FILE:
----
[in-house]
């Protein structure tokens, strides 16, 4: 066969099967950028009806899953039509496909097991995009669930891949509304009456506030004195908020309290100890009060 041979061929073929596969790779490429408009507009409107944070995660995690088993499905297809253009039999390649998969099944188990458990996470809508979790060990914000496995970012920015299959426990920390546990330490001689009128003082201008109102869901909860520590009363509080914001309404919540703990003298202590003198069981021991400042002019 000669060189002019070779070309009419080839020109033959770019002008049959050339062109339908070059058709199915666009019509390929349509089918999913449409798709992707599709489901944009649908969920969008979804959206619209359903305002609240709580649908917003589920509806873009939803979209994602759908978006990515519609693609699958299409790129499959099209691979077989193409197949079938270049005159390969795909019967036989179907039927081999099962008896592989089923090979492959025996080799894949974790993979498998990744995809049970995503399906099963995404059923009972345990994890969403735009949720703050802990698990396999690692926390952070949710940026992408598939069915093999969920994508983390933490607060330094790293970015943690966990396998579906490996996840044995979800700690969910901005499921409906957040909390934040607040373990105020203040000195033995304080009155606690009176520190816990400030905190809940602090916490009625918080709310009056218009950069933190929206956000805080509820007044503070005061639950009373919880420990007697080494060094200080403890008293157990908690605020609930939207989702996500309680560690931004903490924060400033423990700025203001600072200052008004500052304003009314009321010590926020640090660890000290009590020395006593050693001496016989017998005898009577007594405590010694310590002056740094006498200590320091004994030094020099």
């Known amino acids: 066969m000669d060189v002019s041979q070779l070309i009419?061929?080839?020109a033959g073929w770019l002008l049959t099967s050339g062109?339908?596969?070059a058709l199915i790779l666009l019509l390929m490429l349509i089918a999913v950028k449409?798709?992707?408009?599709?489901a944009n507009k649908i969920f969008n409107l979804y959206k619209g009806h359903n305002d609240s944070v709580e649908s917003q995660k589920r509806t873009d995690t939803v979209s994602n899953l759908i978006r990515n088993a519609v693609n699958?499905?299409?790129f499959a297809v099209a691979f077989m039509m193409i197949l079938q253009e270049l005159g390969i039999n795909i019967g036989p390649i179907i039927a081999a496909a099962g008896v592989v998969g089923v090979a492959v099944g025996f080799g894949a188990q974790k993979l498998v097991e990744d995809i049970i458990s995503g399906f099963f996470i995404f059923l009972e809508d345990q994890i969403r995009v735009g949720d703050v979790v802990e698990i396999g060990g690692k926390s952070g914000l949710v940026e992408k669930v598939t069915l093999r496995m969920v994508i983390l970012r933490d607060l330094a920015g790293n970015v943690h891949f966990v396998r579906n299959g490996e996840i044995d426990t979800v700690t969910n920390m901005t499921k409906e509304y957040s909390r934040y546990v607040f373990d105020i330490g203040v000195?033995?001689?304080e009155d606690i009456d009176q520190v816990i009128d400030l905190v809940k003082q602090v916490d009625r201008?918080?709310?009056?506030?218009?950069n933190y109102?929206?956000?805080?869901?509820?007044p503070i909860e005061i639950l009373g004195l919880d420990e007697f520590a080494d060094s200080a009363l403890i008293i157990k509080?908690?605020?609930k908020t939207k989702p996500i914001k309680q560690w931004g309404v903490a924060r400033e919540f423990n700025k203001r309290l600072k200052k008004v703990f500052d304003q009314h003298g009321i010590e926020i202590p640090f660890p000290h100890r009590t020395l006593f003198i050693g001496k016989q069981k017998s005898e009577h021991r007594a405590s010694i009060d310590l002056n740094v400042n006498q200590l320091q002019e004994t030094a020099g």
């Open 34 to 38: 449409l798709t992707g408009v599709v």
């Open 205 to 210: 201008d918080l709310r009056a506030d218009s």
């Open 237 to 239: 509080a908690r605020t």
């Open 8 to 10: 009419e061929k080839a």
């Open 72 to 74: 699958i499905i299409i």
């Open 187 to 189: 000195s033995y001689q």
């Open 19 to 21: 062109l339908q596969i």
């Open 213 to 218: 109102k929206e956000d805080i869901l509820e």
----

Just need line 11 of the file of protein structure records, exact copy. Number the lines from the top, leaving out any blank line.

């Open 213 to 218: 109102k929206e956000d805080i869901l509820e």